Outside of multicolored strategies, the Dragon could slot into Red or Rakdos-based animator strategies as it’s another way to discard your hand and fill up the graveyard. It’s an interesting design that is bound to land somewhere in Commander, and having that all-important Dragon typing is relevant.
Lier, Disciple of the Drowned
One of the more powerful Legendaries to come from Innistrad: Midnight Hunt is Lier, Disciple of the Drowned. Lier offers a different approach where you don’t really run countermagic due to Lier’s first ability, however it does allow you to play a bunch of cheap spells.
Cards such as Snap, Gitaxian Probe, Ponder are great with Lier as you can cast these with Flashback later on. There are spells to protect the Human Wizard such as Lazotep Plating and Dive Down to make sure you can keep recurring spells. Lier feels like a Commander card that is waiting to be broken in some way, maybe with another card that isn’t out yet.
Teferi, Who Slows the Sunset
Coming to Innistrad is Teferi, who looks a lot tamer compared to the last two versions of the Planeswalker. With that, there’s already an infinite combo in Standard with Teferi, Who Slows the Sunset and Lithoform Engine which generates infinite life.
Pair these with a mana creature such as Accomplished Alchemist you gain infinite mana too. You don’t have many payoffs outside of Crackle with Power or Light Up the Night, but could be a fun Standard brew waiting to happen. While this Teferi isn’t on the same level as Hero of Dominaria, or Time Raveler, expect to see this Planeswalker in various Blue-based Control and Midrange shells going forward.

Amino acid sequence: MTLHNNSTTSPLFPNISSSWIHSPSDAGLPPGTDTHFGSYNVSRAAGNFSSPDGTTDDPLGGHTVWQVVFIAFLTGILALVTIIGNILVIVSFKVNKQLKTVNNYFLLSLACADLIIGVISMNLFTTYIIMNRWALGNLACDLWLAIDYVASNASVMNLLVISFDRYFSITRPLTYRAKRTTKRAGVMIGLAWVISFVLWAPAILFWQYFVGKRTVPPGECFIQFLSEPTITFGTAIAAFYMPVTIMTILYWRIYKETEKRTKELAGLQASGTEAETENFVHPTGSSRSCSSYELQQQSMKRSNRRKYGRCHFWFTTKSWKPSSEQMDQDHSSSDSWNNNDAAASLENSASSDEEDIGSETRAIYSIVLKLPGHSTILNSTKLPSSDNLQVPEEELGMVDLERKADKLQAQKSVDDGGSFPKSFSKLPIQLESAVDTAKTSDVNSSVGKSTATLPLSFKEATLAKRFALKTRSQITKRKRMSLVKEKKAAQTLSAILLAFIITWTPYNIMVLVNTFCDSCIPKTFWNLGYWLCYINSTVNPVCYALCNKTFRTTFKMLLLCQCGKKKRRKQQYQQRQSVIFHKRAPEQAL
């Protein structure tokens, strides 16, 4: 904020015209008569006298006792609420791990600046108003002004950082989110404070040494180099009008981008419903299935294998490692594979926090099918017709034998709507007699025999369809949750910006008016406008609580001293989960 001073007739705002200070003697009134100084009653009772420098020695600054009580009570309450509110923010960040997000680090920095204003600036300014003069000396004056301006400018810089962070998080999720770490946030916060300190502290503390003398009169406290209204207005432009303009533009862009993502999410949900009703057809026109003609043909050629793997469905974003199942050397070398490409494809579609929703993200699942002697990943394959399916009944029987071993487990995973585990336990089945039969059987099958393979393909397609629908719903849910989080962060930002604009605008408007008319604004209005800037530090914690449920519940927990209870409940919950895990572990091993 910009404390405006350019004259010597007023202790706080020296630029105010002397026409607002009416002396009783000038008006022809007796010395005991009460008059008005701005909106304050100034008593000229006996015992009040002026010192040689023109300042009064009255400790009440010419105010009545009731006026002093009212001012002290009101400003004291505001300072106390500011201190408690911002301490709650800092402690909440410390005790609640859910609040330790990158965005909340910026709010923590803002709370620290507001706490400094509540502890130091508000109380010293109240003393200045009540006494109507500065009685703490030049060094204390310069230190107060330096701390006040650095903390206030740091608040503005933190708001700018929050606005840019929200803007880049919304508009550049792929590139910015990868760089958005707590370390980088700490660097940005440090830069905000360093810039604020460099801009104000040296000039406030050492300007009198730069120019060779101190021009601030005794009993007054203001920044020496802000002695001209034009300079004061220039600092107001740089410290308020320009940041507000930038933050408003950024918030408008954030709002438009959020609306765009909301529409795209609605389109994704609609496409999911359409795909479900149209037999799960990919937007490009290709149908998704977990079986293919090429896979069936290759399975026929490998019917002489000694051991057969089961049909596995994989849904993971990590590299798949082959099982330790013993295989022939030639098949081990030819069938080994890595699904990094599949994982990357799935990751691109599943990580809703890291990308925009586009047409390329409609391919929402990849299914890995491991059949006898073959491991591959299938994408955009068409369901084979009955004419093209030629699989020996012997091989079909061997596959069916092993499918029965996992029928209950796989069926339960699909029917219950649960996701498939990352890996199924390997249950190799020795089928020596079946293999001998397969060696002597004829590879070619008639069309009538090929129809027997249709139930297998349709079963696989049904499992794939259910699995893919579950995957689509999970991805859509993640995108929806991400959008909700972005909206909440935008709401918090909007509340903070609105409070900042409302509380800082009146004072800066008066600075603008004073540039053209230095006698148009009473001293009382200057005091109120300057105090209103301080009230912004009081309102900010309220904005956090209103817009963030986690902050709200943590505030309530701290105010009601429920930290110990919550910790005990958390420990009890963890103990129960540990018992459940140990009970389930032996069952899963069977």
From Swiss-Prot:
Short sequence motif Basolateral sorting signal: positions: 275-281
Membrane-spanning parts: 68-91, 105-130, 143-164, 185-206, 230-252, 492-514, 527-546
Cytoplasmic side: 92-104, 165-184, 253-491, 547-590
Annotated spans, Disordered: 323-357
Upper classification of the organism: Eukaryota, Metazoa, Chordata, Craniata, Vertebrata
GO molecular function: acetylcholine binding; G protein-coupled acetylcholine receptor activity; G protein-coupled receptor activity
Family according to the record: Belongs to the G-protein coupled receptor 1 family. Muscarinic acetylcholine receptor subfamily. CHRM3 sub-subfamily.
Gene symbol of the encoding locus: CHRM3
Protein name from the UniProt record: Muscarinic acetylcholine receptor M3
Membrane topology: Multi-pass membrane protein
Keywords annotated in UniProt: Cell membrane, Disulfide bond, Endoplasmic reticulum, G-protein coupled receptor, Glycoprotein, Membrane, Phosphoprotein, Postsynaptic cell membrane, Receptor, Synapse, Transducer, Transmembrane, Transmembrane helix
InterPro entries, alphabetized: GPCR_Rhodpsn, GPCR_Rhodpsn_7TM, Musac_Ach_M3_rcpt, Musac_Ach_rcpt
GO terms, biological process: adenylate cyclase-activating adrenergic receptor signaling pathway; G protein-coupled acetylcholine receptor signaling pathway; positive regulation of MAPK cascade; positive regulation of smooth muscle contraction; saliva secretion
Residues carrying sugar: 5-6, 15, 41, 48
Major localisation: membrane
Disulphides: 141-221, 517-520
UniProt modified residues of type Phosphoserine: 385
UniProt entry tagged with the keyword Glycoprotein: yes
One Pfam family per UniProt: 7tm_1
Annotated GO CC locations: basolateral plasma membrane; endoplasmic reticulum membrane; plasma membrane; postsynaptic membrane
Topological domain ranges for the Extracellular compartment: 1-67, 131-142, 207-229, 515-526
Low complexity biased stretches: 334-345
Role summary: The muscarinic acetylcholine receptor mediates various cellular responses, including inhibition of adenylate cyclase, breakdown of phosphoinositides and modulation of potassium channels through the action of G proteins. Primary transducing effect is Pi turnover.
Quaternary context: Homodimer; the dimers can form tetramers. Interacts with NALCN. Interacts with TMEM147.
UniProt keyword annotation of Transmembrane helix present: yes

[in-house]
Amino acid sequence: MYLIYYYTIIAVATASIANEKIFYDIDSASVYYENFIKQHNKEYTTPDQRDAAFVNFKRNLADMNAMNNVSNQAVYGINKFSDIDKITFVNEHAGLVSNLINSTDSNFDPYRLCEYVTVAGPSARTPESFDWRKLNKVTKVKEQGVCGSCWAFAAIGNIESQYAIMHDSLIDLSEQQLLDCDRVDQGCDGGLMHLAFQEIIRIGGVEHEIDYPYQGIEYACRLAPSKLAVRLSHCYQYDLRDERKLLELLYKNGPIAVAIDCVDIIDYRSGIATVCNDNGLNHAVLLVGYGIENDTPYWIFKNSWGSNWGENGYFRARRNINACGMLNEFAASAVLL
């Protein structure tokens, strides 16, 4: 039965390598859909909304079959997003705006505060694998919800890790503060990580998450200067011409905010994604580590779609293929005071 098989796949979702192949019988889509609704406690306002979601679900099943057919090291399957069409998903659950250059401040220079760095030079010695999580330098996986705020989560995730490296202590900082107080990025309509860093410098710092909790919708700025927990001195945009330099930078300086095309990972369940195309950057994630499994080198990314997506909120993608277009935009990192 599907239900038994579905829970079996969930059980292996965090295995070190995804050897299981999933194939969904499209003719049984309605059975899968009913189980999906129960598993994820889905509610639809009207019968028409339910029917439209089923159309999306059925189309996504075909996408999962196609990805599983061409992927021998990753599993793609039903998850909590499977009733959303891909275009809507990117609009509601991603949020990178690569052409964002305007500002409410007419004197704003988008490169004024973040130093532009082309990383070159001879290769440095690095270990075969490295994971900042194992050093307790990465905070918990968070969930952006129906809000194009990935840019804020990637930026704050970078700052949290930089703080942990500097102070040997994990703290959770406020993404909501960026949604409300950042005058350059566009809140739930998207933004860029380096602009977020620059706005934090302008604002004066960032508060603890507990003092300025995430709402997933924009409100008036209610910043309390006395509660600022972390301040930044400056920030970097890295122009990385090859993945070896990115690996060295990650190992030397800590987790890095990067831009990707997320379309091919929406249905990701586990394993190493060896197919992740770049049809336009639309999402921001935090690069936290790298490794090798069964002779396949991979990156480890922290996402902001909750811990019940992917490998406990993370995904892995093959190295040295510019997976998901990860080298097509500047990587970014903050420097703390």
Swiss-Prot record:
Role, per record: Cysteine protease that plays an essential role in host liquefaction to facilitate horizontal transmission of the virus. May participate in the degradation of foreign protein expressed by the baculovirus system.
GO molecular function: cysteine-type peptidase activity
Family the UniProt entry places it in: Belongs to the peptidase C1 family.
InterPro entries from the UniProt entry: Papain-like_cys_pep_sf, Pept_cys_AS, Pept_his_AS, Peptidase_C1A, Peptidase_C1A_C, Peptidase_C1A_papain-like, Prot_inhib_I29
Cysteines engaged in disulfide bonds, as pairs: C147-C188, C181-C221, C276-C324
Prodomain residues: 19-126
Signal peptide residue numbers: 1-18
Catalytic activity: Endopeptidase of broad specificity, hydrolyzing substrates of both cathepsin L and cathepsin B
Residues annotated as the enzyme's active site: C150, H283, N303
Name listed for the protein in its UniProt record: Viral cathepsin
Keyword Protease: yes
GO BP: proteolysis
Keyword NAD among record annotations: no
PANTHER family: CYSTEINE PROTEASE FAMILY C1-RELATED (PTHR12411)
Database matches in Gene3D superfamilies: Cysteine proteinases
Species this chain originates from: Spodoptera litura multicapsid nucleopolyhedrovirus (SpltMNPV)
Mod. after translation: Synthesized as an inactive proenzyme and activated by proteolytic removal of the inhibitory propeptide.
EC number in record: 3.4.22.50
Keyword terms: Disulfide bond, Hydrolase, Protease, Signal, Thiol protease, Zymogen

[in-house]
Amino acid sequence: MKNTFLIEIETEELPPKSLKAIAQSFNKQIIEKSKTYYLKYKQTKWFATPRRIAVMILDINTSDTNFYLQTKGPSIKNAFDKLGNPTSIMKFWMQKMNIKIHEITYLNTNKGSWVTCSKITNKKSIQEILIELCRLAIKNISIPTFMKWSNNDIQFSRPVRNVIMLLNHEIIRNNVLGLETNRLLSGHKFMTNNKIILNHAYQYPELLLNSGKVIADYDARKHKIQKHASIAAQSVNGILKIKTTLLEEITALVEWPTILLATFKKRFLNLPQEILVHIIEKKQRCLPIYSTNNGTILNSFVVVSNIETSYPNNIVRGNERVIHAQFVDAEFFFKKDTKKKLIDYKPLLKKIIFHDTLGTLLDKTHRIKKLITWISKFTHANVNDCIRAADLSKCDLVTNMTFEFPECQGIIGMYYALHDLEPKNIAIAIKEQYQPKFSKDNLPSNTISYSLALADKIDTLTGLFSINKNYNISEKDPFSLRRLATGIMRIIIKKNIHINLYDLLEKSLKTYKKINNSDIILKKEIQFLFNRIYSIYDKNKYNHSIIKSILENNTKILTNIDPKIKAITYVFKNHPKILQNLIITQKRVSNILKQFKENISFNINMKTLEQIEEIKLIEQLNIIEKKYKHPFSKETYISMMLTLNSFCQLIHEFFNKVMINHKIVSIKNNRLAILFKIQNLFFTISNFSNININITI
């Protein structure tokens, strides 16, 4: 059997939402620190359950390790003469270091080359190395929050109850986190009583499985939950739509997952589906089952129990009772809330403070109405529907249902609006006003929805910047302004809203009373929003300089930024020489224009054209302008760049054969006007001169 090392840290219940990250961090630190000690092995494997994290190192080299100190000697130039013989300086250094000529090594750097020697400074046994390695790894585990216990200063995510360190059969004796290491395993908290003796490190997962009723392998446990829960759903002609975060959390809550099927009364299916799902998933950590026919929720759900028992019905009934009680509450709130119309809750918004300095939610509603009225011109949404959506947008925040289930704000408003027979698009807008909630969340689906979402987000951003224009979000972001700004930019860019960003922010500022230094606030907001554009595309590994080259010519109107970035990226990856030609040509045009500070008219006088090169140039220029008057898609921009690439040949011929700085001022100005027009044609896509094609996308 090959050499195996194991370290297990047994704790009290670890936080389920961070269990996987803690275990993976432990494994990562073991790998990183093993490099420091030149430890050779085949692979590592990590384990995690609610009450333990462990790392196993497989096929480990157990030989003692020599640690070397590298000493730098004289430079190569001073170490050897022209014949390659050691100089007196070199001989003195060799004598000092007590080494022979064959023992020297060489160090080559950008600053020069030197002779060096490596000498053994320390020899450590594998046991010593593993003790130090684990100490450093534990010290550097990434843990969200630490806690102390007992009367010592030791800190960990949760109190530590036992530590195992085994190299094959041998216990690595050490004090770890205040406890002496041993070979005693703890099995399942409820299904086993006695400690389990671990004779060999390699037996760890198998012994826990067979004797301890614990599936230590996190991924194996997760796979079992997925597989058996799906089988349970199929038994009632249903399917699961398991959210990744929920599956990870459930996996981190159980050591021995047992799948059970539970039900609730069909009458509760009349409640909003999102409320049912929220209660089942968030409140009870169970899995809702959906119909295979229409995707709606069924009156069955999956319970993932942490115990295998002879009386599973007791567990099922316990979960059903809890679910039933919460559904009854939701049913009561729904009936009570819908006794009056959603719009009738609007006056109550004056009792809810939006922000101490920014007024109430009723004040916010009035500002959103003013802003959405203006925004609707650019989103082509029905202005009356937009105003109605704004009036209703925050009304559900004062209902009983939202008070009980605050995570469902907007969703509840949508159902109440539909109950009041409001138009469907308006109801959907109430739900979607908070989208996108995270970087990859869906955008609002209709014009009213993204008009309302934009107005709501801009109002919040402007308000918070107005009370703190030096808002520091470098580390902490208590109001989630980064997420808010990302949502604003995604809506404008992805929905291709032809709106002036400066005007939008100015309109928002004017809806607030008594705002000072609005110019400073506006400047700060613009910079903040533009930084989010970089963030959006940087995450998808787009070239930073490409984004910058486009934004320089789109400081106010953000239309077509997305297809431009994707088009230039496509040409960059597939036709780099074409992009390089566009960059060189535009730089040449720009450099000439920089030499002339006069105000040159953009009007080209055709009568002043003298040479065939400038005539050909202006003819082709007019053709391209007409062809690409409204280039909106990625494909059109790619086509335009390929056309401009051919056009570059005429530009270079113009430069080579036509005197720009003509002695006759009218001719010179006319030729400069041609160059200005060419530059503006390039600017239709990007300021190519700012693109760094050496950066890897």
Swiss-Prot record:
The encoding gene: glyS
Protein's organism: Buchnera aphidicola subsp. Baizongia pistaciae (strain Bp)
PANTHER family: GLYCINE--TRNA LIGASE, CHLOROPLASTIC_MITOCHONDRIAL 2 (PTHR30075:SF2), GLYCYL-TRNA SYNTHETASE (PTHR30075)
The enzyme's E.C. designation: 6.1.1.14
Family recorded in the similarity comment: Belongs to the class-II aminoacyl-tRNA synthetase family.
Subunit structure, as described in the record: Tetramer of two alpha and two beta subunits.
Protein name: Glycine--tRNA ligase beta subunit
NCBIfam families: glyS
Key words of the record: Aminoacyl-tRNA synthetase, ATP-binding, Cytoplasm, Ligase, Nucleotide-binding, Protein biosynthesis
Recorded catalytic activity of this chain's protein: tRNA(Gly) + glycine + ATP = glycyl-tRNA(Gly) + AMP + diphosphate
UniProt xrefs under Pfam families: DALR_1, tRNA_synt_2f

The Meathook Massacre
Another interesting card to come from Innistrad: Midnight Hunt is The Meathook Massacre. There’s been talk that this could become Standard playable since it’s a Bastion of Remembrance[/tooltip] with a board wipe built in.
Even in Commander, the Legendary Enchantment offers a drain and lifegain effect which is surely going to pique the interest of sacrifice strategies in the format. Stacking this with [tooltips]Zulaport Cutthroat and Blood Artist, you can stack a lot of damage. There’s a lot of hype around the card currently, it wil be interesting to see where the price falls on release. Maybe Wizards of the Coast are preparing for an aristocrats-style strategy to come in future sets!
Arlinn, the Pack’s Hope / Arlinn, the Moon’s Fury
One of the more pushed cards in the set, Arlinn, the Pack’s Hope looks to dominate Standard for as long as it is legal. Naturally, the Planeswalker fits in Gruul Wereworlf strategies and is a nightmare for anyone who is looking to play Control. The fact your creatures can come in with Flash allows you to expand your board freely, with the added bonus of coming in with an additional +1/+1 counter.
On the Nightbound side, you have the ability to create 5/5 Indestructible, Trample, and Haste Werewolves which is enough to end the game on it’s own. Arlinn looks to be a headache for Standard for the time it’s legal, so grabbing these early will avoid any disappointment down the line.
Wrenn and Seven
Lastly, this one may not seem a surprise, but Wrenn and Seven looks to do powerful things in Standard. Even on MTG Arena, it’s seeing play with Esika’s Chariot which is powerful combination. You use Wrenn’s -3 ability to make a 5/5, use that 5/5 to crew the Chariot and then use the Chariot’s ability to make another 5/5 during combat. Not to mention, you get the 2/2 Cat Tokens left over from the Chariot. Either way, this is some impressive synergy that will be a trend in Standard upon release.
Even in Commander, Wrenn and Seven looks to fit right in with ‘Land Matter’ decks as you can play more lands with their 0 ability. Then you can your fetches back to your hand with Wrenn’s ultimate only to play them all again, this works especially well with lands such Field of the Dead. With that, these are the reasons it could be what drives the price of the Planeswalker to absurd levels, it’s definitely one to look out for.